However Dorothy was quick to point out that under today’s count-back rules she would have had gold: “In 1936 it was a jump off to decide the medals. They kept putting the bar up and down until one person jumped a height that the others didn’t. Because I had cleared 1.60 with my first jump while CsÃ¡k failed her first jump, under current rules I would have won. Ironically I had equalled the Olympic record but did not get the gold medal”.
Dorothy competed in the 1936, 1948, 1952 and1956 Olympics but was deprived to the chance to compete in 1940 and 1944.
“I would have gone to Tokyo Olympics in 1940 as the world record holder but the war broke out. There were no Olympics in 1944. By 1948 I was married with two children and was doing less training! For the 1948 Olympics in London, we were staying in a rather run down place at Victoria, central London. We trained at Motspur Park in South London but they only took us once. I remember jumping off grass, which I’ve always thought was better than cinders, and I jumped really high – so high that I didn’t dare tell anyone in case I couldn’t do it again!”
In 1948 Dorothy again finished first equal but by 1948 the rules had changed and the winner was decided on count-back when Dorothy and Alice Coachman each jumped 1.68. Ironically the rule change acted against Dorothy who lost on count-back. As Coachman had injured her back, Dorothy felt that she could not have managed a jump-off. The outcome as she put it was: “Under today’s rules I would have got the gold medal in Berlin. And under the 1936 rules I would have got gold in London 1948 but all I’ve got his two silvers”.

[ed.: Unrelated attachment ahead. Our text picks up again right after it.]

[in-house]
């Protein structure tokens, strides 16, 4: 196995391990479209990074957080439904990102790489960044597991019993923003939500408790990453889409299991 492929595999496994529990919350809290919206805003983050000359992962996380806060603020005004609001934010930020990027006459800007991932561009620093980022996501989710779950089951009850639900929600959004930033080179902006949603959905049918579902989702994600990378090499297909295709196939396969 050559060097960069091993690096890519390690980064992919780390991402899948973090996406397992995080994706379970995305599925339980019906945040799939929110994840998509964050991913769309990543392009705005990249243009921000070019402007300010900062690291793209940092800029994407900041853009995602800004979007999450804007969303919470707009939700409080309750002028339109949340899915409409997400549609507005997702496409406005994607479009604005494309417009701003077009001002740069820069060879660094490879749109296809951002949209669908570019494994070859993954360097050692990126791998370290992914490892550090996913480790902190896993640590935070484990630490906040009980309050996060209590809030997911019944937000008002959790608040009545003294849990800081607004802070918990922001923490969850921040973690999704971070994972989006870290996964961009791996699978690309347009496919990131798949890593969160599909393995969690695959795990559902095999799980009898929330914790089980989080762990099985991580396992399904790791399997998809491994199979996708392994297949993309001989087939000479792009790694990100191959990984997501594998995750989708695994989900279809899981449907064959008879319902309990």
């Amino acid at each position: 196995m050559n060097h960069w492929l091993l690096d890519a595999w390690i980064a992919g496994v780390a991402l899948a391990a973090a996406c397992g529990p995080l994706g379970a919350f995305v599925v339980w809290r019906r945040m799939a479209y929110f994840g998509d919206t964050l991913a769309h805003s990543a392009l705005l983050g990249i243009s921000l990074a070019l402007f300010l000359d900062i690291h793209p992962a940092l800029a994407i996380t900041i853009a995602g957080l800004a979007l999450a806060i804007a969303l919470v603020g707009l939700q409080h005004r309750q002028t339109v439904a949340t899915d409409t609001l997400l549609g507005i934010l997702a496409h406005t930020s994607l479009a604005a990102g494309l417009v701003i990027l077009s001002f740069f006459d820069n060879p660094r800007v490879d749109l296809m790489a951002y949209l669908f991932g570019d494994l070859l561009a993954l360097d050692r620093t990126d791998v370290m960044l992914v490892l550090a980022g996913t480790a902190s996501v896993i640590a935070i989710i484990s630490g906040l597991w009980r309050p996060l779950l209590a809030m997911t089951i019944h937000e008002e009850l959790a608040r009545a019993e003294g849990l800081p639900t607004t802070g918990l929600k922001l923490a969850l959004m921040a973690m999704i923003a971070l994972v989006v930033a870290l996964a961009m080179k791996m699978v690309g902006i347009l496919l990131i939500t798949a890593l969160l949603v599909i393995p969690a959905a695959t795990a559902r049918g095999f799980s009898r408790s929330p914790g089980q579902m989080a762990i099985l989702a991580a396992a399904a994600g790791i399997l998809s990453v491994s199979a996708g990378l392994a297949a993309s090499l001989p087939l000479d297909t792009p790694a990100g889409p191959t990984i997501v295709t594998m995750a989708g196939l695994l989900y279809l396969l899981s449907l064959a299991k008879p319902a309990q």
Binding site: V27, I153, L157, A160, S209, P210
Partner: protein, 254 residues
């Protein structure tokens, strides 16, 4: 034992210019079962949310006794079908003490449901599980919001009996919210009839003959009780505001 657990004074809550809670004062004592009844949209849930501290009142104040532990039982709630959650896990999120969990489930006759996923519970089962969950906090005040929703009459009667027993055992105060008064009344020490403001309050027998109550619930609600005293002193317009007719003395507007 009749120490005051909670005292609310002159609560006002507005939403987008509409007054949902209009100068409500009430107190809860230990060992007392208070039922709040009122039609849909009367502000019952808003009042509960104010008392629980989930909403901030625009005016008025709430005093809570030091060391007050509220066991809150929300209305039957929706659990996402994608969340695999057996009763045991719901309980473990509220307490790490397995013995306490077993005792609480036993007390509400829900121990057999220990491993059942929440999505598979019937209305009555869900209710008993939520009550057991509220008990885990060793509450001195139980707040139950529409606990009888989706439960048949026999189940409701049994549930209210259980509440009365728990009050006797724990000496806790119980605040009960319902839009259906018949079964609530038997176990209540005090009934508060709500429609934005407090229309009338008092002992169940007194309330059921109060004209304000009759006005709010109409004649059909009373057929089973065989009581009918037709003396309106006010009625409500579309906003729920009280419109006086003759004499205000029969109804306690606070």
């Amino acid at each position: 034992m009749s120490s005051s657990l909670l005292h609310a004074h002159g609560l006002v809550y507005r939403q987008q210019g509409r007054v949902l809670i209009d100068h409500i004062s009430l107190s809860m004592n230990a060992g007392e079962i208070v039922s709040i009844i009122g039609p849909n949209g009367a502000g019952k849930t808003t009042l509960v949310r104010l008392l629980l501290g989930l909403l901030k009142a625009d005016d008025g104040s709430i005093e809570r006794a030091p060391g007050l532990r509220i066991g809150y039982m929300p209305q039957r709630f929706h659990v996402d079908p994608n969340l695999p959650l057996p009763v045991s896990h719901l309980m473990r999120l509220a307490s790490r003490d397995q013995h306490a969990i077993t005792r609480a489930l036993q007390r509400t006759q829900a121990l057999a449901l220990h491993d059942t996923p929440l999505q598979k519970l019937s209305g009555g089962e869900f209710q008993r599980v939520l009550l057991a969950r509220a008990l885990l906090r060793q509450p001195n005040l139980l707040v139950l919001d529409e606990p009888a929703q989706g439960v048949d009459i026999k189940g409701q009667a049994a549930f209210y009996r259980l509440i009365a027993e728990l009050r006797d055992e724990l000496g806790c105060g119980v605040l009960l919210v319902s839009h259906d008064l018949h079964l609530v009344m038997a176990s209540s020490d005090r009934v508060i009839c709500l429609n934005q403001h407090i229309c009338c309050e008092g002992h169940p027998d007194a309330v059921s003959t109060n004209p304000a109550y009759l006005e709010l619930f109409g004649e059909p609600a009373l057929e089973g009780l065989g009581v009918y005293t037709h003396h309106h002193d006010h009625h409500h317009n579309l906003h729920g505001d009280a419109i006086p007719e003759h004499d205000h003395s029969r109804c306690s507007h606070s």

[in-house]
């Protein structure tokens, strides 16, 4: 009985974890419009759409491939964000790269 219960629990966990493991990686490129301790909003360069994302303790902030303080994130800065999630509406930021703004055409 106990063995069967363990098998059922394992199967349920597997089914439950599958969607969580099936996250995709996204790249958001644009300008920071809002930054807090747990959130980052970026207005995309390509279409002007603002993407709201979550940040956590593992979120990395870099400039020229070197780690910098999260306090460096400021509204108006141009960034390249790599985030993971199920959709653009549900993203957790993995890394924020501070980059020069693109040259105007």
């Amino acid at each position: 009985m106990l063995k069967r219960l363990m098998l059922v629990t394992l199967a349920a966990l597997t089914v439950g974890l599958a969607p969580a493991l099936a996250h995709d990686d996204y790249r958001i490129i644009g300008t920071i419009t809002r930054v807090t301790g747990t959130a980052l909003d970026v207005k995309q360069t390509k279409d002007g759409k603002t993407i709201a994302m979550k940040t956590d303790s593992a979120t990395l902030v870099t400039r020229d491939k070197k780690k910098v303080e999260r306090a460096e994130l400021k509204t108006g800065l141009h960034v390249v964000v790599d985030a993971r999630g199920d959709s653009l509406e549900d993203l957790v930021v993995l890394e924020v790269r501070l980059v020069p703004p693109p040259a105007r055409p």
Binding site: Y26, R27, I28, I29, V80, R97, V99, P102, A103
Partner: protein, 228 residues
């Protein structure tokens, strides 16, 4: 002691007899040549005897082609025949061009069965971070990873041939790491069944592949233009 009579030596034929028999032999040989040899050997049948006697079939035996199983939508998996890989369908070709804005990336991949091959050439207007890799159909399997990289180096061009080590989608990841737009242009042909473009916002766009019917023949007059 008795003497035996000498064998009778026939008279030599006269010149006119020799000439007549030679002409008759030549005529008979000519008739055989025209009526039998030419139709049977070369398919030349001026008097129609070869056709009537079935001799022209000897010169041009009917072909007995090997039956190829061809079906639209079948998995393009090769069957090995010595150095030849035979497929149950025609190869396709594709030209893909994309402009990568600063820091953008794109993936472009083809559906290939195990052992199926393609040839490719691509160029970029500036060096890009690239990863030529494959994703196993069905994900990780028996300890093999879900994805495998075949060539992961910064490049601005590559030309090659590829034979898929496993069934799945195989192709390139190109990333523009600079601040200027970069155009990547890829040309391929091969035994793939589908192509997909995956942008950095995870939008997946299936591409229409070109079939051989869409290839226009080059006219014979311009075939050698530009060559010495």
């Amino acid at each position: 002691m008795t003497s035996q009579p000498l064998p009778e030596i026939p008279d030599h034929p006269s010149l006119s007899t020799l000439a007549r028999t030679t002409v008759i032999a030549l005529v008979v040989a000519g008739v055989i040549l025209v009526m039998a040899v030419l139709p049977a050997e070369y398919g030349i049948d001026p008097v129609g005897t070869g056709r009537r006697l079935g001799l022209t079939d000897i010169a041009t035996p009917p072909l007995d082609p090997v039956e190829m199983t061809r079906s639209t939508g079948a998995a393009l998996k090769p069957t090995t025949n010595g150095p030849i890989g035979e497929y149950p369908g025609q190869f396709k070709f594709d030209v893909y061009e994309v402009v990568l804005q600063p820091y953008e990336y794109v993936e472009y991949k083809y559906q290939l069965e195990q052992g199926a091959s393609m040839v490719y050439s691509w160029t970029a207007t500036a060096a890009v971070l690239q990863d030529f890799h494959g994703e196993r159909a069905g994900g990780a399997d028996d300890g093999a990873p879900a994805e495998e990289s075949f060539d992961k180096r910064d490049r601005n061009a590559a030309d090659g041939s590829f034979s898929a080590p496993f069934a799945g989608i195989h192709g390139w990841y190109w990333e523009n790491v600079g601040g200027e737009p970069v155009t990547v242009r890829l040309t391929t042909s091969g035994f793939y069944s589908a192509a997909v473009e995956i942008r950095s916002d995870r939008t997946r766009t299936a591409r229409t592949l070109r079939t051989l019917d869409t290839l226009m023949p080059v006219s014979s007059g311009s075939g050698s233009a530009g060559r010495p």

Dorothy also had a bit of bad luck in the decisive jump: “My bra snapped in my first attempt at 1,68 And I missed it while Coachman got the height first time, so she won”.
She competed in the 1952 Olympics in Helsinki and came seventh with 1.58. The circumstances gave her an opportunity for a quick swipe at modern athletics: “1952 was the first time I had a coach – Arthur Gold – I got injured and had to jump injured without any training. I have to say I think that modern athletes are coached too much which is why they have so many injuries. Before I had a coach I was never injured”. The winning jump of 1.67 by Esther Brand of South Africa, was less than Dorothy had jumped in 1948.
She also competed in the 1956 Melbourne Olympics, finishing 12th with 1.60 – the same eight as in her first Olympics 20 years earlier. She was 36 and recalls going to “quite a few events before I got the Olympic qualifying standard”. In the circumstances she was “very pleased to make the final”.